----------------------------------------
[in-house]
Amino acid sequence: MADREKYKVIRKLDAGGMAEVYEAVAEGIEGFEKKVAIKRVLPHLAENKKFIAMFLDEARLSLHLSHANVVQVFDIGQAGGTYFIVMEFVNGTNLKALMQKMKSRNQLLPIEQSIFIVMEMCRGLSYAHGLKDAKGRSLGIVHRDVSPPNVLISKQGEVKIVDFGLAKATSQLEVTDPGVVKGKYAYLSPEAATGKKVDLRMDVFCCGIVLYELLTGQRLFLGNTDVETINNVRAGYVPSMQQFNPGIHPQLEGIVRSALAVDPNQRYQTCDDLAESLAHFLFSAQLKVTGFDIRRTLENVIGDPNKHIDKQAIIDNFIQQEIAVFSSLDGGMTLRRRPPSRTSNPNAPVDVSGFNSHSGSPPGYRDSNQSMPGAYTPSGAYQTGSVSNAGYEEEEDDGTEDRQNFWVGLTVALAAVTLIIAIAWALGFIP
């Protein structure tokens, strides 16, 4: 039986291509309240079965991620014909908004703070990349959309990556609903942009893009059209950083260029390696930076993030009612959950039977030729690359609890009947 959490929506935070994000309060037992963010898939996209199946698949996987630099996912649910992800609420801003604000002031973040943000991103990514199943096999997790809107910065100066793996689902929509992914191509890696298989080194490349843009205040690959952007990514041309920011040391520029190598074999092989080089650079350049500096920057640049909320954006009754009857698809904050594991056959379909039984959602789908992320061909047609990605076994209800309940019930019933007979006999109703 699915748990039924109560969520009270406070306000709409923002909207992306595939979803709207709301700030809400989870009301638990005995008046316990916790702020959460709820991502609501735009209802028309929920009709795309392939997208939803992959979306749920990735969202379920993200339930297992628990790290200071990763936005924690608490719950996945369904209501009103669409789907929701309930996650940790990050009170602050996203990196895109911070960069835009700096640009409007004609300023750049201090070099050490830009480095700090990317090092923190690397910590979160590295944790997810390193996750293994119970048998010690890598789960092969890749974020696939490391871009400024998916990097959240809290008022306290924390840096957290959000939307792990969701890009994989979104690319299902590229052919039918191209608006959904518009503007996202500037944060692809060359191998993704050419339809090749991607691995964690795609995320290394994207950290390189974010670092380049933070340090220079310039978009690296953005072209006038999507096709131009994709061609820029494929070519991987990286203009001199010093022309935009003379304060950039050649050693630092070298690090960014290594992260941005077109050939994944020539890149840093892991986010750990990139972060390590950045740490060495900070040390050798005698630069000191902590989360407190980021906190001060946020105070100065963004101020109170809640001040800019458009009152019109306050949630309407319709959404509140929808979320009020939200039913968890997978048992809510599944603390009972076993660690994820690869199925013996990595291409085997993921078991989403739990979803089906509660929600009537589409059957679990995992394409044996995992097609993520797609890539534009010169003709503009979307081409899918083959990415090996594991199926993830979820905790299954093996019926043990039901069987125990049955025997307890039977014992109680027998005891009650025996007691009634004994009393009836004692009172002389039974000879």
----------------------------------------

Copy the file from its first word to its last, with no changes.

[in-house]
Amino acid sequence: MADREKYKVIRKLDAGGMAEVYEAVAEGIEGFEKKVAIKRVLPHLAENKKFIAMFLDEARLSLHLSHANVVQVFDIGQAGGTYFIVMEFVNGTNLKALMQKMKSRNQLLPIEQSIFIVMEMCRGLSYAHGLKDAKGRSLGIVHRDVSPPNVLISKQGEVKIVDFGLAKATSQLEVTDPGVVKGKYAYLSPEAATGKKVDLRMDVFCCGIVLYELLTGQRLFLGNTDVETINNVRAGYVPSMQQFNPGIHPQLEGIVRSALAVDPNQRYQTCDDLAESLAHFLFSAQLKVTGFDIRRTLENVIGDPNKHIDKQAIIDNFIQQEIAVFSSLDGGMTLRRRPPSRTSNPNAPVDVSGFNSHSGSPPGYRDSNQSMPGAYTPSGAYQTGSVSNAGYEEEEDDGTEDRQNFWVGLTVALAAVTLIIAIAWALGFIP
């Protein structure tokens, strides 16, 4: 039986291509309240079965991620014909908004703070990349959309990556609903942009893009059209950083260029390696930076993030009612959950039977030729690359609890009947 959490929506935070994000309060037992963010898939996209199946698949996987630099996912649910992800609420801003604000002031973040943000991103990514199943096999997790809107910065100066793996689902929509992914191509890696298989080194490349843009205040690959952007990514041309920011040391520029190598074999092989080089650079350049500096920057640049909320954006009754009857698809904050594991056959379909039984959602789908992320061909047609990605076994209800309940019930019933007979006999109703 699915748990039924109560969520009270406070306000709409923002909207992306595939979803709207709301700030809400989870009301638990005995008046316990916790702020959460709820991502609501735009209802028309929920009709795309392939997208939803992959979306749920990735969202379920993200339930297992628990790290200071990763936005924690608490719950996945369904209501009103669409789907929701309930996650940790990050009170602050996203990196895109911070960069835009700096640009409007004609300023750049201090070099050490830009480095700090990317090092923190690397910590979160590295944790997810390193996750293994119970048998010690890598789960092969890749974020696939490391871009400024998916990097959240809290008022306290924390840096957290959000939307792990969701890009994989979104690319299902590229052919039918191209608006959904518009503007996202500037944060692809060359191998993704050419339809090749991607691995964690795609995320290394994207950290390189974010670092380049933070340090220079310039978009690296953005072209006038999507096709131009994709061609820029494929070519991987990286203009001199010093022309935009003379304060950039050649050693630092070298690090960014290594992260941005077109050939994944020539890149840093892991986010750990990139972060390590950045740490060495900070040390050798005698630069000191902590989360407190980021906190001060946020105070100065963004101020109170809640001040800019458009009152019109306050949630309407319709959404509140929808979320009020939200039913968890997978048992809510599944603390009972076993660690994820690869199925013996990595291409085997993921078991989403739990979803089906509660929600009537589409059957679990995992394409044996995992097609993520797609890539534009010169003709503009979307081409899918083959990415090996594991199926993830979820905790299954093996019926043990039901069987125990049955025997307890039977014992109680027998005891009650025996007691009634004994009393009836004692009172002389039974000879």